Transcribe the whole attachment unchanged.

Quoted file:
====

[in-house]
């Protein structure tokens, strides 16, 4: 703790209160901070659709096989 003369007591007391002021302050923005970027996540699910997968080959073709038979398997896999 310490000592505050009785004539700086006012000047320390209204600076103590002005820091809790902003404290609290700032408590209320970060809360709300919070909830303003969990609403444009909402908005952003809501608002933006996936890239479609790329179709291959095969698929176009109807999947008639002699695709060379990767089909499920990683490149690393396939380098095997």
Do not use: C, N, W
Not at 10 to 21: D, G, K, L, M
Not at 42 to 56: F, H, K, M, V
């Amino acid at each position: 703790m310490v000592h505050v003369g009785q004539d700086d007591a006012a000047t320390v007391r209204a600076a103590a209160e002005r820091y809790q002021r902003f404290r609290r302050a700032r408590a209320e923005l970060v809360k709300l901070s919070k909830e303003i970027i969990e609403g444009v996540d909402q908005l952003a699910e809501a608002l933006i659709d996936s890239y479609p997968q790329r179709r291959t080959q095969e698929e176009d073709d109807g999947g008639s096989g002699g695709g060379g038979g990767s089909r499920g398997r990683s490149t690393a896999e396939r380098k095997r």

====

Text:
[in-house]
């Protein structure tokens, strides 16, 4: 703790209160901070659709096989 003369007591007391002021302050923005970027996540699910997968080959073709038979398997896999 310490000592505050009785004539700086006012000047320390209204600076103590002005820091809790902003404290609290700032408590209320970060809360709300919070909830303003969990609403444009909402908005952003809501608002933006996936890239479609790329179709291959095969698929176009109807999947008639002699695709060379990767089909499920990683490149690393396939380098095997």
Do not use: C, N, W
Not at 10 to 21: D, G, K, L, M
Not at 42 to 56: F, H, K, M, V
């Amino acid at each position: 703790m310490v000592h505050v003369g009785q004539d700086d007591a006012a000047t320390v007391r209204a600076a103590a209160e002005r820091y809790q002021r902003f404290r609290r302050a700032r408590a209320e923005l970060v809360k709300l901070s919070k909830e303003i970027i969990e609403g444009v996540d909402q908005l952003a699910e809501a608002l933006i659709d996936s890239y479609p997968q790329r179709r291959t080959q095969e698929e176009d073709d109807g999947g008639s096989g002699g695709g060379g038979g990767s089909r499920g398997r990683s490149t690393a896999e396939r380098k095997r």